IONIA, MICH.--The brick storefronts that line Main Street here in the heart of GOP country are decked in their holiday finery of greens and red ribbon, yet something is missing: With the state's January 15 presidential primary just weeks away, there are no political posters and no candidates--Republican or Democrat--anywhere to be found.
"I would like to think we matter," says Ronald Schafer, the Ionia County prosecutor and chairman of the county Republicans, over lunch at the Lamplight Grill. "But we haven't seen the candidates."
This is not how it was supposed to be. It was electoral clout that the state's political leaders were after when they defied party orders and scheduled their contest before February 5, the earliest primary date allowed under Democratic and Republican rules for all but a handful of states. It put Michigan's primary hard on the heels of traditional early voters Iowa and New Hampshire. But instead of clout, the state got chaos.
Angry national bosses slashed the number of delegates Michigan can send to party nominating conventions, a punishment also handed out to Florida and others that jumped ahead of the February start date. Democrats bickered over whether to hold a caucus or a primary, and the party's top candidates, with the exception of Sen. Hillary Clinton, have boycotted the primary. (Democrats who are not competing have been urging supporters to go to the polls and mark their ballots "uncommitted.") The only candidate to have run local radio and television ads has been Republican Mitt Romney, and he hasn't run many. "I think we've really outsmarted ourselves," a top state union official lamented.
Lake effect. But events now appear to be conspiring to make Michigan matter. Though there's no question the race for an early voice backfired for Democrats here, the wide-open GOP contest may give the state's Republican primary--all of the candidates are on the ballot--some longed-for influence. Says Schafer, a Rudy Giuliani supporter: "Michigan will matter if no consensus leader comes out of the first two states." Front-runner Romney has held his lead in New Hampshire but now trails Mike Huckabee in Iowa, and Giuliani is not focusing on the early contests, so that scenario is looking more likely by the day.
That could bode well for Sen. John McCain, who won here in 2000 and is banking on a strong showing in New Hampshire on January 8 to keep his campaign alive. "Michigan certainly matters in our path to victory," says McCain spokesperson Jill Hazelbaker. "A win would allow Senator McCain to have momentum going into South Carolina." Though in state presidential preference polls McCain lags well behind Giuliani and Romney, the son of a former Michigan governor, a recent survey commissioned by the Detroit Free Press found that Michiganders consider him the strongest Republican in the field. "There's clearly a new breath of life for McCain," says state GOP Chairman Saul Anuzis. "But the Huckabee folks are also excited, and Romney and Giuliani continue to play here." Perhaps surprisingly, Romney can't bank on the family name; he gets "no favorite son status," the survey found. And it is McCain, whose campaign has resurged since a midsummer meltdown, who does best among the state's independent voters, who are allowed to participate in the primary.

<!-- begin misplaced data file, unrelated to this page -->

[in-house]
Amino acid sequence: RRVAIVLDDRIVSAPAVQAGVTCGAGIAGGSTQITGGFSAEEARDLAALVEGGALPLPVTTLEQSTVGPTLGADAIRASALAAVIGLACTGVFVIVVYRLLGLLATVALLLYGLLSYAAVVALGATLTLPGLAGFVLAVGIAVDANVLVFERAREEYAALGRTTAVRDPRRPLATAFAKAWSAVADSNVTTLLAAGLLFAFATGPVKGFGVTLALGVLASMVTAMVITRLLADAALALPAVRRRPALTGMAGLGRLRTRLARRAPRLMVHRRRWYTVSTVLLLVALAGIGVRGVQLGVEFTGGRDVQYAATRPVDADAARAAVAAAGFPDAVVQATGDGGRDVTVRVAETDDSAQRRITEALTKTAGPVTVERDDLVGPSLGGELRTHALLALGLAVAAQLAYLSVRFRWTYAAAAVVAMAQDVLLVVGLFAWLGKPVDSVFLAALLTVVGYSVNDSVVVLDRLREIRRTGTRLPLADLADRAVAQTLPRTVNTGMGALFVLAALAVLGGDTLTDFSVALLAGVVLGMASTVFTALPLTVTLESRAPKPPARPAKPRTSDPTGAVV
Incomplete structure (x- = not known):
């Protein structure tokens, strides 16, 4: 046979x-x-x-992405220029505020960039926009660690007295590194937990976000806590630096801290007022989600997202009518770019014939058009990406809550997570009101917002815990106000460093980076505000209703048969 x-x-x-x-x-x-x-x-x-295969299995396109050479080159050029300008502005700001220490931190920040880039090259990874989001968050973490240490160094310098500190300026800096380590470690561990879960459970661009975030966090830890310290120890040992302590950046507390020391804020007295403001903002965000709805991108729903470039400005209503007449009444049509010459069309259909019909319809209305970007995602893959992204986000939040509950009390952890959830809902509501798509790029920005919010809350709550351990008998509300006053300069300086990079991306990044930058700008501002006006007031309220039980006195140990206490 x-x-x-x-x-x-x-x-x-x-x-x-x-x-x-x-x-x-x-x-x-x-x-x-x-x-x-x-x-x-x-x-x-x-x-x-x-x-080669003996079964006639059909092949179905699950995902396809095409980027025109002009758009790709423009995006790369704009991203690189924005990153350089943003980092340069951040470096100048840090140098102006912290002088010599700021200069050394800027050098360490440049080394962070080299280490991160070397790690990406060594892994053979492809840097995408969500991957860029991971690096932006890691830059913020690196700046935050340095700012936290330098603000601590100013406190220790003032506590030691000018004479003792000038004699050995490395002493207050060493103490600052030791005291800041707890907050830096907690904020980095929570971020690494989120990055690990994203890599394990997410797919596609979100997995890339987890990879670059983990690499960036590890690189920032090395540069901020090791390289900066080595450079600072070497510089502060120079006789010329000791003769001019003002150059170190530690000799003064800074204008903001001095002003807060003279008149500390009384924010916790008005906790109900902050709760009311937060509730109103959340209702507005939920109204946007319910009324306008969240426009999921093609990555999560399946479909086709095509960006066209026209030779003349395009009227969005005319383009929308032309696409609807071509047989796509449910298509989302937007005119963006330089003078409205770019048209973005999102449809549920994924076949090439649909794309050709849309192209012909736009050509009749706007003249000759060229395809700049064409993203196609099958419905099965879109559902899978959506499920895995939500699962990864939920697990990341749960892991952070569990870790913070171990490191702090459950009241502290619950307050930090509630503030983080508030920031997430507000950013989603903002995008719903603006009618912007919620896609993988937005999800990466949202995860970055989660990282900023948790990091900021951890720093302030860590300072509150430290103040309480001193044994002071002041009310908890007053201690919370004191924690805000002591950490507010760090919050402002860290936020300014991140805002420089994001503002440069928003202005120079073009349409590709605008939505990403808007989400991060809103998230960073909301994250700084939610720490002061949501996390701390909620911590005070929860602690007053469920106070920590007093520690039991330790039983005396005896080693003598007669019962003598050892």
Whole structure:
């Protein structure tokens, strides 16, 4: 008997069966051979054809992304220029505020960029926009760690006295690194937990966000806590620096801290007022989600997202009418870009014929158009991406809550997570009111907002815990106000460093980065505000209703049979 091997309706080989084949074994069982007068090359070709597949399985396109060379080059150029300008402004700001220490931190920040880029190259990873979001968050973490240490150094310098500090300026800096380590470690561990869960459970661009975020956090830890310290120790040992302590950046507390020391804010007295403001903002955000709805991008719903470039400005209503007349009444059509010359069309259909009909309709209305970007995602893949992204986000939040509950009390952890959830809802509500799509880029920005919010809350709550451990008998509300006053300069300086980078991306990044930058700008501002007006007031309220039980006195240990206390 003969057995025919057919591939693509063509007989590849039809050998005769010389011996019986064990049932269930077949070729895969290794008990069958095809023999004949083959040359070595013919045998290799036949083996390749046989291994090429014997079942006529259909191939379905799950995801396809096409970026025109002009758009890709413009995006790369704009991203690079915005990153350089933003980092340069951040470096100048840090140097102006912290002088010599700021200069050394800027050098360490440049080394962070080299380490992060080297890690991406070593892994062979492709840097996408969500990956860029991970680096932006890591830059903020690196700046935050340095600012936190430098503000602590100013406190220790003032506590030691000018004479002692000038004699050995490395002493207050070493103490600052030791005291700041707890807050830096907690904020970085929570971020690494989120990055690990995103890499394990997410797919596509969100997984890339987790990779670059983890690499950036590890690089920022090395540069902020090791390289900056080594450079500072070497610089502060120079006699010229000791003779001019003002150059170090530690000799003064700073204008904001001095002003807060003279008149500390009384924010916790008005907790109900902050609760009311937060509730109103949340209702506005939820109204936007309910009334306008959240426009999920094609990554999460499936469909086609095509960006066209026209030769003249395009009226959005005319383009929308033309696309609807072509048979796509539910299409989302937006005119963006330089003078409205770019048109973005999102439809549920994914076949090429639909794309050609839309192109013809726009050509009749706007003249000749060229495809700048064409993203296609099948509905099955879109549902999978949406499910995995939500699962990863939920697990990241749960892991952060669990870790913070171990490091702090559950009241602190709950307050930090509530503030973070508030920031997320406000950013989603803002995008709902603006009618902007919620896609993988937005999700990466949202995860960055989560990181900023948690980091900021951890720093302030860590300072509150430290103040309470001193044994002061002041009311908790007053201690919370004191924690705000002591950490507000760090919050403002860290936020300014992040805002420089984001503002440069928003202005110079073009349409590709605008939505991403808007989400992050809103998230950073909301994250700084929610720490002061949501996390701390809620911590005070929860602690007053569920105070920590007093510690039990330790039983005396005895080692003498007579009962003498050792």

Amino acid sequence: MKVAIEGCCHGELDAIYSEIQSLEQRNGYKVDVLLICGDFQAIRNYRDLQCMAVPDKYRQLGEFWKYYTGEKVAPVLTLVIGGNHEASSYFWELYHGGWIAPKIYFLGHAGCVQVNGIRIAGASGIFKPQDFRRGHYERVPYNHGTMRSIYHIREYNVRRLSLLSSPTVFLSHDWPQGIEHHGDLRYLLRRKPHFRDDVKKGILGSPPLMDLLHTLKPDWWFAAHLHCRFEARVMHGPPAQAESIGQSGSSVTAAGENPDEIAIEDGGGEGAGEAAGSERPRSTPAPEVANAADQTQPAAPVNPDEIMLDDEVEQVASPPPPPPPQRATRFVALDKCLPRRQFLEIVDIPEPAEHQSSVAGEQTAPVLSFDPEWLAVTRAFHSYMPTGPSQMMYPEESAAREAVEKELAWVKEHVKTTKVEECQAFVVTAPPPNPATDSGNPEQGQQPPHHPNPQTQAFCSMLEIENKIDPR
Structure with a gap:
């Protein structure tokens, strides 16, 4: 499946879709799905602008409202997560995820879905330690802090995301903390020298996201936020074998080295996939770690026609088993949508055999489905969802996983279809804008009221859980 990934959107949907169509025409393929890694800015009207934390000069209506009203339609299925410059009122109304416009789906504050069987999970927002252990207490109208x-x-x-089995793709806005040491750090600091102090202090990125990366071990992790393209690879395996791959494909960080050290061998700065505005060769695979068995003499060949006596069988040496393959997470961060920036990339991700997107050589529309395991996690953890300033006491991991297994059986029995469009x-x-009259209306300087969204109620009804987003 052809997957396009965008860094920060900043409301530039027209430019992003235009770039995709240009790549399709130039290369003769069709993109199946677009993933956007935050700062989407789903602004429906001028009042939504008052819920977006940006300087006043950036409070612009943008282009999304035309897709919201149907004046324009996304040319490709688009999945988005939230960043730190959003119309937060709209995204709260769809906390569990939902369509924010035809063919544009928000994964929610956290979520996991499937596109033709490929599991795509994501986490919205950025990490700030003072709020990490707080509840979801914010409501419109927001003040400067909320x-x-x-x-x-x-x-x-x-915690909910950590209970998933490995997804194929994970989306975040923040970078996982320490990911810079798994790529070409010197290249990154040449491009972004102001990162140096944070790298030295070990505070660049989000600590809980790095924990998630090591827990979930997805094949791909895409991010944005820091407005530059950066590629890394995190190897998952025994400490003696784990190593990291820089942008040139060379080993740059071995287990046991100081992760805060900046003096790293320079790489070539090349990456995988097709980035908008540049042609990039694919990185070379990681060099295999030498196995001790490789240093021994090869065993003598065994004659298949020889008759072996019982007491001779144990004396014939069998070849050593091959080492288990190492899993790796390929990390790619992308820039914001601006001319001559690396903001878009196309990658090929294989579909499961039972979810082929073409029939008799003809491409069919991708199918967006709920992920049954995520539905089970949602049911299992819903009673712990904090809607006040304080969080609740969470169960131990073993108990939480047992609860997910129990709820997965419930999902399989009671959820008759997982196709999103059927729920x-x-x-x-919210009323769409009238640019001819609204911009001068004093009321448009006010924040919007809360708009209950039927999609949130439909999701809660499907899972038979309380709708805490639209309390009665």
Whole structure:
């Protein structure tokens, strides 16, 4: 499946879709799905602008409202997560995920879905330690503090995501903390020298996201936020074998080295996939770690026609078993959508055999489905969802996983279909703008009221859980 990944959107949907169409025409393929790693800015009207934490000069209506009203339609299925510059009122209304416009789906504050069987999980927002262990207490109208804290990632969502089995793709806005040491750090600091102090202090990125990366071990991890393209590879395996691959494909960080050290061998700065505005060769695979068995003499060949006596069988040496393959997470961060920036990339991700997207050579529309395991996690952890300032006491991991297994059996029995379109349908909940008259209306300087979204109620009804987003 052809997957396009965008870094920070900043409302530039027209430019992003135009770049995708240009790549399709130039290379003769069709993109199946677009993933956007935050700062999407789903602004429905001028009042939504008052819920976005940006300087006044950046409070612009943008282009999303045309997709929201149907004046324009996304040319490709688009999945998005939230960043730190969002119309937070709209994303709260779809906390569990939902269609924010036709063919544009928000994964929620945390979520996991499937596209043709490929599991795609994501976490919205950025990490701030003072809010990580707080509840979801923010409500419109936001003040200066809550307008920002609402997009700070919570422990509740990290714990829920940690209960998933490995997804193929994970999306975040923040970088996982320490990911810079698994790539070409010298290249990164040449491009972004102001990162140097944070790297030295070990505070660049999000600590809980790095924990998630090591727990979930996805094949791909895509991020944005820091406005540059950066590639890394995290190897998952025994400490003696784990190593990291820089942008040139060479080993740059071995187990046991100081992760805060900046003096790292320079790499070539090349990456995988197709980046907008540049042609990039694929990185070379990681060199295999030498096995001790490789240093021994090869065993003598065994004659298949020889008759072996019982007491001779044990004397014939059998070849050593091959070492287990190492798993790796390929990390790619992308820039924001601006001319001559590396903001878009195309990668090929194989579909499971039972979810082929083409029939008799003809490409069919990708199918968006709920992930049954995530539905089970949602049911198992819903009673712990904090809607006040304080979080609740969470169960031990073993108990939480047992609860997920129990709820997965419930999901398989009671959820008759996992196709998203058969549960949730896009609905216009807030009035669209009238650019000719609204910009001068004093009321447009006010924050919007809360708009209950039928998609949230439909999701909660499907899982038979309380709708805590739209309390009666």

"We're loyal people and we stuck with John McCain strong," says supporter Chuck Yob, 70, one of the state's two GOP national committee members. "We've still got a good grass-roots organization." Yob's son is a McCain strategist.
So as the primary season approaches and Michigan gets another look, leaders of both national parties are already planning for the 2012 presidential contest and hashing over ways to avoid the chaos. The early, accelerated schedule has turned this season on its head; one remedy being seriously considered is a series of regional primaries. "The nation has never seen a primary calenar like the one we face in 2008," says Kentucky Secretary of State Trey Grayson of the National Association of Secretaries of States' presidential primary subcommittee.
It's too early to tell, he said, what effect Iowa and New Hampshire will have on the process going forward and whether states like Michigan will be able to realize their dream of wresting influence from them. But here in Ionia, snug in the heart of the conservative Third Congressional District, voters like Schafer, who answers an emphatic "yes" when asked if he has Iowa envy, are longing for a bigger voice--on January 15 and beyond.
By Liz Halloran